By Joe Pulizzi published March 15, 2011

The 3 Forgotten Tactics of Content Marketing

First, I read this post from Seth Godin that made me think about the lost opportunity by many marketers, so focused on new media, that they forget the content marketing tactics that customers are actually engaging in.  But more on that in a second.

Second, I spent the evening talking to HVAC contractors about our small-business blogging service SocialTract. I had individual conversations with over 30 owners and managers about their social media efforts (or lack there of).

Across the board, these small business owners were asking about how they could leverage the bright, shiny objects such as Facebook and Twitter, but weren’t doing the blocking and tackling of content marketing.

Question: How do you communicate with your customers on a regular basis?

Answer: We used to have a enewsletter, but we haven’t done that in years.

Question: Why did you stop producing it?

Answer: We just didn’t have time to create the content.

Question: Do you already have a Facebook page set up?  If so, what do you talk about on it?

Answer: Yes, we just set up our page, be we aren’t doing anything with it.

Question: Do you have a content plan for Facebook?

Answer: No.

This is typical of many small businesses that are working the business.  For small and large businesses looking at the bright, shiny objects of social media, we advise them to focus on the blocking and tackling.

  1. Continuous Content Creation – Articles and posts developed (most likely through a blog) on a consistent basis can serve as the core of your content marketing program.  Informational posts just a couple times a week can fuel your search engine optimization strategy, can be your source for social media content, and can be the center of your enewsletter content. Start there.
  2. Enewsletters – What if your prospects come to your website but aren’t ready to buy?  How can you touch your customers on a continuous basis without selling them? Even with all the spam clutter, relevant and consistent enewsletters are still opened and read.
  3. Print – As long as there is a dedicated channel called the Postal Service that distributes to business and consumer customers, the print channel should not be ignored.  Almost any size company can afford a print newsletter or print custom magazine to consistently deliver to customers and/or prospects.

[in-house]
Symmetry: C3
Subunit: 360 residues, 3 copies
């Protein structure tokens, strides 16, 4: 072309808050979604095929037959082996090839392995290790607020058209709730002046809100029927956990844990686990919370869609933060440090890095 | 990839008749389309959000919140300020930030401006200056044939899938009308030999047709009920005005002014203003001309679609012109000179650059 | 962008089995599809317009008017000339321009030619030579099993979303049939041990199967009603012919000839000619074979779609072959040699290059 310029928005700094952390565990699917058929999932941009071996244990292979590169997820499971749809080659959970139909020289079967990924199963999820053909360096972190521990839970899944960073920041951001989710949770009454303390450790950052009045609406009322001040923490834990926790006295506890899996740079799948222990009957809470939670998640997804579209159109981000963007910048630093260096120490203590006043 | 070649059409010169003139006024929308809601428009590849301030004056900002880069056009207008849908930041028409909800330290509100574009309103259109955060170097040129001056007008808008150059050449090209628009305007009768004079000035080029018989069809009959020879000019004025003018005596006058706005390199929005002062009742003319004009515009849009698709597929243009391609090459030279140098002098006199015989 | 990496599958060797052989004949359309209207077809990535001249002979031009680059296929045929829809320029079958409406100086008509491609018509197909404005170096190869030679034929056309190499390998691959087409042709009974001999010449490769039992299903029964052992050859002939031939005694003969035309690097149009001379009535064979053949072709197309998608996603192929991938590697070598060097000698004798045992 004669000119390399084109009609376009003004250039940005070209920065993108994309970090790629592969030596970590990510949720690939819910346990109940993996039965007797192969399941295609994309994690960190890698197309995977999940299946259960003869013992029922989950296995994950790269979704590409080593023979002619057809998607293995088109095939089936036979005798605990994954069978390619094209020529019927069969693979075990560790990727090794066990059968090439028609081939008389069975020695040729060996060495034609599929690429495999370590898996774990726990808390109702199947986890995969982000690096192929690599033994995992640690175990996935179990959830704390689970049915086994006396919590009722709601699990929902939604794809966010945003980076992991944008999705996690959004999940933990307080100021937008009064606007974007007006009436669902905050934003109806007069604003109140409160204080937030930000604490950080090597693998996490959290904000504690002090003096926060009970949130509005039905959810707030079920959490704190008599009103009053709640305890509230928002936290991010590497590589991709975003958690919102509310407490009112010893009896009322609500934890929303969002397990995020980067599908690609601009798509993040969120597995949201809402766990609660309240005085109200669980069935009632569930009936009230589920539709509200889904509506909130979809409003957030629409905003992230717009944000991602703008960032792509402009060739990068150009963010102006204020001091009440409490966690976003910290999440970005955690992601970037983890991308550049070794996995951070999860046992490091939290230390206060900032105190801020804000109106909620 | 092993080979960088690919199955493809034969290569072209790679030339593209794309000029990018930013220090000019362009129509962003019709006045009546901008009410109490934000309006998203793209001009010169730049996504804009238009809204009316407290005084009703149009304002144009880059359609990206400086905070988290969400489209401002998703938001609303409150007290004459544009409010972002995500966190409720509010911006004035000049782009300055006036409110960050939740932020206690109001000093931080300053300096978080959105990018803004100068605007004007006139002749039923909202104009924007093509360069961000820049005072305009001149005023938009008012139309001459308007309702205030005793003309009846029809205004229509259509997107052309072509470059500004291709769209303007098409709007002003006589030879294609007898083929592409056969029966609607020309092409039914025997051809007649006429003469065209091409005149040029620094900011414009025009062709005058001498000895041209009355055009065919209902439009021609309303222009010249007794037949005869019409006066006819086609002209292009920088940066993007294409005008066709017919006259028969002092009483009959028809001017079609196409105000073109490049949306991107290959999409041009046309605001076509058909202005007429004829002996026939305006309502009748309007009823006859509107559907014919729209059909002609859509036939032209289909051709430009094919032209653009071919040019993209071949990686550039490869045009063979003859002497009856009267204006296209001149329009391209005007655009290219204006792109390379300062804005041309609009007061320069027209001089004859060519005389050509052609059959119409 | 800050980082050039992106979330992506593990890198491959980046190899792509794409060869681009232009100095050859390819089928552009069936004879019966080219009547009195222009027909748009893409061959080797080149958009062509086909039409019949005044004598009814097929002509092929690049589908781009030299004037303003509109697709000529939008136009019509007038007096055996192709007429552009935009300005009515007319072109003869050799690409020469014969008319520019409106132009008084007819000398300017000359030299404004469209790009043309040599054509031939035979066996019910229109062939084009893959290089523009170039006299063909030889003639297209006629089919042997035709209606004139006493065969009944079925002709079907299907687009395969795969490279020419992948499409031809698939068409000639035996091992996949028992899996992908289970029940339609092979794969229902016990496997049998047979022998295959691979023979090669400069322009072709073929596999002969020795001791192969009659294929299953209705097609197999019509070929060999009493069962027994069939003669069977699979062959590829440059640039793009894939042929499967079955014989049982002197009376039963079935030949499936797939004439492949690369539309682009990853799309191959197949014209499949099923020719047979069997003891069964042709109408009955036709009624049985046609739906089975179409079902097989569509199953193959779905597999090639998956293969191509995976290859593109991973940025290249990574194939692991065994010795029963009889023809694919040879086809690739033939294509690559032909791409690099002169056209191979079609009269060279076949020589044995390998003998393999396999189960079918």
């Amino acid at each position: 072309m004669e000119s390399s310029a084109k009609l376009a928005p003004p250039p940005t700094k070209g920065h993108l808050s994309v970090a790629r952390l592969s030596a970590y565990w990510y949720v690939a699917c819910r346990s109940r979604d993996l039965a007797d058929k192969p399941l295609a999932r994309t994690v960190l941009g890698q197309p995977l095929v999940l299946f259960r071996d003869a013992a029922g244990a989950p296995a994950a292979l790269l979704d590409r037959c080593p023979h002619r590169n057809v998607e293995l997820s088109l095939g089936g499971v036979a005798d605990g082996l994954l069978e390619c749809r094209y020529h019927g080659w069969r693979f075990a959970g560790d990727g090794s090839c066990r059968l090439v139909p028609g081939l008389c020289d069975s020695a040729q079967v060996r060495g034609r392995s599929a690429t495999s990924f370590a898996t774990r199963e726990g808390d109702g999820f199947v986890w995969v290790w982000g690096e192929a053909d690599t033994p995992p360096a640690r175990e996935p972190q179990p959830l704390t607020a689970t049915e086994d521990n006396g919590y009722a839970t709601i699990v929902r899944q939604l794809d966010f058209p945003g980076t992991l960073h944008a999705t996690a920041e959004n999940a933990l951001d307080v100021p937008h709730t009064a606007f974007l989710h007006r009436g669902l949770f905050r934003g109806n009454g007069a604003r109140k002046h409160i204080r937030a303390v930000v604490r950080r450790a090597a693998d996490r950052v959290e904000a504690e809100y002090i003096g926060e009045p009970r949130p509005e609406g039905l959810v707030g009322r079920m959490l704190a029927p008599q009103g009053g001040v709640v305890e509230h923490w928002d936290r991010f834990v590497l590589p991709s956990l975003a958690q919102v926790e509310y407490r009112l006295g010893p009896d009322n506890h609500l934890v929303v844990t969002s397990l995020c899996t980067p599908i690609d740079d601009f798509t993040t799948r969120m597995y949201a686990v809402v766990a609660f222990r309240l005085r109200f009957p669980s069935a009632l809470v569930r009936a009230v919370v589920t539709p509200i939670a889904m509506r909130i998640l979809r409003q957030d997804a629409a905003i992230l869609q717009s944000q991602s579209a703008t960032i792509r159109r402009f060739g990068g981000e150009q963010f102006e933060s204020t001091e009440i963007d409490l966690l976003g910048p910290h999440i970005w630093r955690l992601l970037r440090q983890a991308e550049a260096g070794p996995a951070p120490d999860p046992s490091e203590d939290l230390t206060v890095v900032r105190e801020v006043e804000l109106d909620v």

So, as you and your marketing team navigate through Foursquare, Quora, Mobile Marketing, Gaming and more, don’t forget that blogs, enewsletters and print magazines are not dead.  Actually, they may be your greatest, untapped opportunity.

Author: Joe Pulizzi

Joe Pulizzi is the Founder of Content Marketing Institute, a UBM company, the leading education and training organization for content marketing, which includes the largest in-person content marketing event in the world, Content Marketing World. Joe is the winner of the 2014 John Caldwell Lifetime Achievement Award from the Content Council. Joe’s the author of five books, including his latest, Killing Marketing. His third book, Epic Content Marketing was named one of “Five Must Read Business Books of 2013” by Fortune Magazine. If you ever see Joe in person, he’ll be wearing orange. Follow him on Twitter @JoePulizzi.

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  • Bob Leonard


    I would add that a good content strategy, AND consistent creation of quality content, can also be the foundation of a social media campaign. The content feeds Facebook, Twitter, etc. and the social networks drive traffic back to the mothership – the blog/website.

  • Billee Brady

    Hi Joe,

    It really does come down to consistent quality content doesn’t it…
    I have found a huge difference in my business when I got real with my content creation and have stayed consistent.
    Rome wasn’t built in a day just like a business can’t be built over night, one brick at a time.

    Billee Brady

  • andrew

    Just yesterday I had a similar conversation with a group of business leaders. They were asking what new tools and technologies were on the horizon that they needed to be aware of. I mentioned a few, but the conversation turned back to the basics: people have had the same email address for years, most people don’t move physical residence that often, but these same people have probably been in and out, active and inactive on a variety of “new” platforms. Build your core around the basics.

    Great stuff, Joe.

  • Marcus Sheridan

    Good points Joe. Personally, I’m a huge fan of focusing on one social media and becoming great at it, and then dipping our toes in others once we get going. One of the biggest problems I see from biz owners is that they sign up for a bunch of platforms but do absolutely nothing with it…and this, of course, makes no sense.

    When I got into content marketing w/ my small biz, I decided to have the best blog in my industry. We didn’t do LinkedIn, or FB, or Twitter….but we blogged like champions. And because of it our small business exploded due to web traffic and the branding benefits that came with such content production.

    Good stuff,


  • Lauren

    Great post! For social media marketers, it’s easy to get swept up by all the new and emerging networks that content creation gets put onto the back burner. This is a great reminder that being diligent with our blogs can actually make our workdays easier!

    Here’s a related blog post I recently wrote: